A WOMAN from Portsmouth had to have her leg amputated after a stubbed toe developed sepsis.
Sue Ruck is taking legal action against Portsmouth Hospitals NHS Trust (PHT), which runs Queen Alexandra Hospital, following the emergency leg amputation last year.
The 60-year-old, who has diabetes, visited the hospital in Cosham with a toe injury around two weeks after stubbing it at home.
Mrs Ruck instructed expert medical negligence lawyers at Irwin Mitchell’s Southampton office to investigate her care after developing sepsis while being treated for the injury.
Irwin Mitchell has now written to PHT, which is conducting its own investigation into the matter.
Meanwhile, the law firm is gathering expert medical evidence as they seek to help Mrs Ruck to get the funds to help with her rehabilitation and recovery.
Mrs Ruck said: ‘It is hard to comprehend how a stubbed toe – something I’m sure most people have done on more than one occasion – could result in such a catastrophic injury.
‘To say I am devastated is an obvious understatement, and I’m bitterly disappointed at what I feel was a huge oversight in my care.
‘When you go to hospital you feel like you’re in the most capable hands; that our amazing doctors and nurses will identify the problem and set you on the road to recovery.
‘But I feel like I got anything but the best possible care. I now face life as an amputee and haven’t really even begun to come to terms with that.
‘I just want lessons to be learned so it can’t happen to anyone else. No one should lose their leg because of a stubbed toe in this day and age.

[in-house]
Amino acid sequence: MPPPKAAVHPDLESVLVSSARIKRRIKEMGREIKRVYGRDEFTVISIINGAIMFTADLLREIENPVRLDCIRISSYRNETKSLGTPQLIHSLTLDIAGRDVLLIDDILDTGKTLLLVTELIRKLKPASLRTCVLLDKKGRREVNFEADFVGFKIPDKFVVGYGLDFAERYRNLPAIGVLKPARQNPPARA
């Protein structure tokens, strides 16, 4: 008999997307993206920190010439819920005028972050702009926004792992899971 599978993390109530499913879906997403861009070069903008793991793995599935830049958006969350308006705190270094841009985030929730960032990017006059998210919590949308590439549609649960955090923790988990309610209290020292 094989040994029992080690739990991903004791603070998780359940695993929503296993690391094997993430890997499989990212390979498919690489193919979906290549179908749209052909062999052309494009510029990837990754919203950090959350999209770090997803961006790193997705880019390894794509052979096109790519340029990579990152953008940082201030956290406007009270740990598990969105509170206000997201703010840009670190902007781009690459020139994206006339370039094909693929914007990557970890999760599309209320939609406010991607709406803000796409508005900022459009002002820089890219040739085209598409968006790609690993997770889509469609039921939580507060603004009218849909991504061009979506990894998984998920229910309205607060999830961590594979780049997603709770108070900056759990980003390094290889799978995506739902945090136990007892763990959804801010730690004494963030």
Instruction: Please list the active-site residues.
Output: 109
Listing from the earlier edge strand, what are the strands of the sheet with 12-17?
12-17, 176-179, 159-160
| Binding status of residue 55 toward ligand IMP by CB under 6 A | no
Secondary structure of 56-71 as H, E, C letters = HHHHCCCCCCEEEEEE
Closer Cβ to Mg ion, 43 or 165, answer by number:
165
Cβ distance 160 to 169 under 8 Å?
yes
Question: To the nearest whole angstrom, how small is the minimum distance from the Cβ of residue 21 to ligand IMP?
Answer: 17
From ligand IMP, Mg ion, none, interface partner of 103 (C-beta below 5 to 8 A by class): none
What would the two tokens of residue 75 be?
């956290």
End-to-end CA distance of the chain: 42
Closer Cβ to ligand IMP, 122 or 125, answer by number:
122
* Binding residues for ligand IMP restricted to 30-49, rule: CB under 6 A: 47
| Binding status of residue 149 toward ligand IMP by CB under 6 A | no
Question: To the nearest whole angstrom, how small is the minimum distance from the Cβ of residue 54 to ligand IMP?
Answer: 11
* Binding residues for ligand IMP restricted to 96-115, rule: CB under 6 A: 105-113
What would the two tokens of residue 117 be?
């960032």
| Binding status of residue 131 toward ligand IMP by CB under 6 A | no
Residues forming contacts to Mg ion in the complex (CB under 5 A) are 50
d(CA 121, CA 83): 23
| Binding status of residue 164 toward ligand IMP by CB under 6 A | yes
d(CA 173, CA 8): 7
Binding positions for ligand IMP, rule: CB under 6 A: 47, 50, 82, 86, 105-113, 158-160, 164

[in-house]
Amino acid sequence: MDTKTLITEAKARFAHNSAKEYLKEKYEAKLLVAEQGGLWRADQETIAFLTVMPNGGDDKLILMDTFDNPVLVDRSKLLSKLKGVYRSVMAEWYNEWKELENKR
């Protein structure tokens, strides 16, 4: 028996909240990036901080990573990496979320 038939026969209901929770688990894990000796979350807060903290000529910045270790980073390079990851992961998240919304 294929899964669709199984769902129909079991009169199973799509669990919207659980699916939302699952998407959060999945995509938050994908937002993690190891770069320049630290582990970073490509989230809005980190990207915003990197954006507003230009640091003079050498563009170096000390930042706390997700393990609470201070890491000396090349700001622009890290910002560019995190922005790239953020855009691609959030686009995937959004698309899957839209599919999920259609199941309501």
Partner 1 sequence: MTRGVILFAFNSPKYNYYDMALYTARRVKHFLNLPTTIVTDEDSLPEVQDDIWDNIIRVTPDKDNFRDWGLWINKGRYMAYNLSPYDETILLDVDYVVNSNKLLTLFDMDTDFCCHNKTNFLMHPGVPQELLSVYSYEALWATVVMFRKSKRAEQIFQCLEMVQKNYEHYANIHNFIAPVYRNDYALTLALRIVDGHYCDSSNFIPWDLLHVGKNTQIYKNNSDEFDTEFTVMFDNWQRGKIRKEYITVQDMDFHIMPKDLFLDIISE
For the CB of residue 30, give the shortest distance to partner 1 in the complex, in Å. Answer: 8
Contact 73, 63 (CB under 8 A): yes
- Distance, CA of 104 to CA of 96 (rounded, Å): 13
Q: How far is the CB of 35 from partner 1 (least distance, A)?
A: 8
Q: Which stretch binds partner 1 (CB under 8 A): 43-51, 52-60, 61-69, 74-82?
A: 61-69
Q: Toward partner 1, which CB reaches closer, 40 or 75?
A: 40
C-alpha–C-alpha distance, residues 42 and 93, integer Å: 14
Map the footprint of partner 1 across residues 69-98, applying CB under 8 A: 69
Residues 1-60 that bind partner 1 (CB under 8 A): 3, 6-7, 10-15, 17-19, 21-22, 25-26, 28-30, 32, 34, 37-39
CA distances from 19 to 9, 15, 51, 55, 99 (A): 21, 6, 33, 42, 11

‘I can’t bare the idea that this could happen to someone else.’
Mrs Ruck stubbed her toe in July last year. Over the next two weeks, the wound began to weep and grow increasingly painful, prompting Sue to visit her GP on August 8, where she was referred to QA Hospital.
After three nights as an inpatient, Sue was discharged. But her wound became more severe as sepsis developed and she was urgently re-admitted to QA Hospital on August 31 when she had surgery to remove her toe.
Just hours later surgeons delivered the devastating news that the infection was so bad she would need to have her right leg amputated below the knee.
Nicole Causey, a medical negligence expert at Irwin Mitchell’s Southampton office, representing Mrs Ruck, said: ‘Sue has significant rehabilitation ahead of her as well as prosthetics, walking aids and adaptions to her home to help her regain her previous quality of life.
‘She is still struggling to come to terms with her amputation and the impact it has had on her independence. She is desperate for answers and feels that her diabetes should have raised a red flag when she was being examined.
‘We have written to the trust outlining Sue’s case and are now awaiting a response.’
As a result of the amputation, Sue has lost her independence and now relies on either a wheelchair or prosthetic leg to get about.
Her husband of 41 years, George, is now her carer.
A spokesman for PHT said: ‘The quality of patient care is the highest priority of Portsmouth Hospitals NHS Trust.
‘However, we are unable to comment on any pending legal cases due to patient confidentiality.’